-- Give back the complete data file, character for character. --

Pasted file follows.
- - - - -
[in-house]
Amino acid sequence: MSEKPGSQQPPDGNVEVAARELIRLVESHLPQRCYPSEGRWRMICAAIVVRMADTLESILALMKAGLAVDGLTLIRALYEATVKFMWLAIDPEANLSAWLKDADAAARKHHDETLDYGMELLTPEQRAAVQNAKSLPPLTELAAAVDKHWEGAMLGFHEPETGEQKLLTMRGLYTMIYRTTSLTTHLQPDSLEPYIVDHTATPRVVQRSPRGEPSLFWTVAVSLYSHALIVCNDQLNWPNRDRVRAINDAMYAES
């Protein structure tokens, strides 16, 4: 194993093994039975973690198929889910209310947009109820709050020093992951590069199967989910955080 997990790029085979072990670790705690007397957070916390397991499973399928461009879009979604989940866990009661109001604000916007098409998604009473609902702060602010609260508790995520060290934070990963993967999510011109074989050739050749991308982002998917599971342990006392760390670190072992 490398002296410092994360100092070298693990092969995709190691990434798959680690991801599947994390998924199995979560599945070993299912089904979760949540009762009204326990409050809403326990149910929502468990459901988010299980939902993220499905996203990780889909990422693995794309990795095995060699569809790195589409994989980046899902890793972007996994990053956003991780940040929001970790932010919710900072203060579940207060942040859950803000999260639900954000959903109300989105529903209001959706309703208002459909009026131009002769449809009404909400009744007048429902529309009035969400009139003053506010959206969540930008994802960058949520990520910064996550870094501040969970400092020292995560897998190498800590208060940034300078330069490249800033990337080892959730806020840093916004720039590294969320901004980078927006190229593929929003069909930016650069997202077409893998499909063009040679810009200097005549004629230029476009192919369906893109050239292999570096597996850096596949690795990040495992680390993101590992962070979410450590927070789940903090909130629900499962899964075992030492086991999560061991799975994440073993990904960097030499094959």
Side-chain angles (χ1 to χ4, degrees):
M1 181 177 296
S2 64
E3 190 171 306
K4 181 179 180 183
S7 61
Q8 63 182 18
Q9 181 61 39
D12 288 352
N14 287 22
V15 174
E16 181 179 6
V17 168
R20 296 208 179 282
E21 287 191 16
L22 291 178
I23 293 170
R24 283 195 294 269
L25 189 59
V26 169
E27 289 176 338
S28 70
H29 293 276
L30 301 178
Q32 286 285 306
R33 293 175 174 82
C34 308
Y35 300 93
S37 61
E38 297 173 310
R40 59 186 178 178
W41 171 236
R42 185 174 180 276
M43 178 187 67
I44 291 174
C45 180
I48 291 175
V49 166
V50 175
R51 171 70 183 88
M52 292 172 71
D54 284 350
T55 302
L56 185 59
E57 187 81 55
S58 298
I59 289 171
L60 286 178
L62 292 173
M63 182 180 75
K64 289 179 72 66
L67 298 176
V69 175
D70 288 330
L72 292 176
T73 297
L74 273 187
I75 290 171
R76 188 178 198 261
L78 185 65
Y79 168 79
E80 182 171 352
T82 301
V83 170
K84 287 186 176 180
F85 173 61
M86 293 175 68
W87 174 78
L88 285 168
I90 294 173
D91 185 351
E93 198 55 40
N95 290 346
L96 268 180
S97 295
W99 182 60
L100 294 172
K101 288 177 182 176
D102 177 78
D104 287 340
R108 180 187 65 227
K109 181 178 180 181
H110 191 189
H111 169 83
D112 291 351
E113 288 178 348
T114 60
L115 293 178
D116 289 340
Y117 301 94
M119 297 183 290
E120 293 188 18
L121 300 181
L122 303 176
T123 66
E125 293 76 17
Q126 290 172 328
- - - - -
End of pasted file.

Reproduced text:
[in-house]
Amino acid sequence: MSEKPGSQQPPDGNVEVAARELIRLVESHLPQRCYPSEGRWRMICAAIVVRMADTLESILALMKAGLAVDGLTLIRALYEATVKFMWLAIDPEANLSAWLKDADAAARKHHDETLDYGMELLTPEQRAAVQNAKSLPPLTELAAAVDKHWEGAMLGFHEPETGEQKLLTMRGLYTMIYRTTSLTTHLQPDSLEPYIVDHTATPRVVQRSPRGEPSLFWTVAVSLYSHALIVCNDQLNWPNRDRVRAINDAMYAES
């Protein structure tokens, strides 16, 4: 194993093994039975973690198929889910209310947009109820709050020093992951590069199967989910955080 997990790029085979072990670790705690007397957070916390397991499973399928461009879009979604989940866990009661109001604000916007098409998604009473609902702060602010609260508790995520060290934070990963993967999510011109074989050739050749991308982002998917599971342990006392760390670190072992 490398002296410092994360100092070298693990092969995709190691990434798959680690991801599947994390998924199995979560599945070993299912089904979760949540009762009204326990409050809403326990149910929502468990459901988010299980939902993220499905996203990780889909990422693995794309990795095995060699569809790195589409994989980046899902890793972007996994990053956003991780940040929001970790932010919710900072203060579940207060942040859950803000999260639900954000959903109300989105529903209001959706309703208002459909009026131009002769449809009404909400009744007048429902529309009035969400009139003053506010959206969540930008994802960058949520990520910064996550870094501040969970400092020292995560897998190498800590208060940034300078330069490249800033990337080892959730806020840093916004720039590294969320901004980078927006190229593929929003069909930016650069997202077409893998499909063009040679810009200097005549004629230029476009192919369906893109050239292999570096597996850096596949690795990040495992680390993101590992962070979410450590927070789940903090909130629900499962899964075992030492086991999560061991799975994440073993990904960097030499094959």
Side-chain angles (χ1 to χ4, degrees):
M1 181 177 296
S2 64
E3 190 171 306
K4 181 179 180 183
S7 61
Q8 63 182 18
Q9 181 61 39
D12 288 352
N14 287 22
V15 174
E16 181 179 6
V17 168
R20 296 208 179 282
E21 287 191 16
L22 291 178
I23 293 170
R24 283 195 294 269
L25 189 59
V26 169
E27 289 176 338
S28 70
H29 293 276
L30 301 178
Q32 286 285 306
R33 293 175 174 82
C34 308
Y35 300 93
S37 61
E38 297 173 310
R40 59 186 178 178
W41 171 236
R42 185 174 180 276
M43 178 187 67
I44 291 174
C45 180
I48 291 175
V49 166
V50 175
R51 171 70 183 88
M52 292 172 71
D54 284 350
T55 302
L56 185 59
E57 187 81 55
S58 298
I59 289 171
L60 286 178
L62 292 173
M63 182 180 75
K64 289 179 72 66
L67 298 176
V69 175
D70 288 330
L72 292 176
T73 297
L74 273 187
I75 290 171
R76 188 178 198 261
L78 185 65
Y79 168 79
E80 182 171 352
T82 301
V83 170
K84 287 186 176 180
F85 173 61
M86 293 175 68
W87 174 78
L88 285 168
I90 294 173
D91 185 351
E93 198 55 40
N95 290 346
L96 268 180
S97 295
W99 182 60
L100 294 172
K101 288 177 182 176
D102 177 78
D104 287 340
R108 180 187 65 227
K109 181 178 180 181
H110 191 189
H111 169 83
D112 291 351
E113 288 178 348
T114 60
L115 293 178
D116 289 340
Y117 301 94
M119 297 183 290
E120 293 188 18
L121 300 181
L122 303 176
T123 66
E125 293 76 17
Q126 290 172 328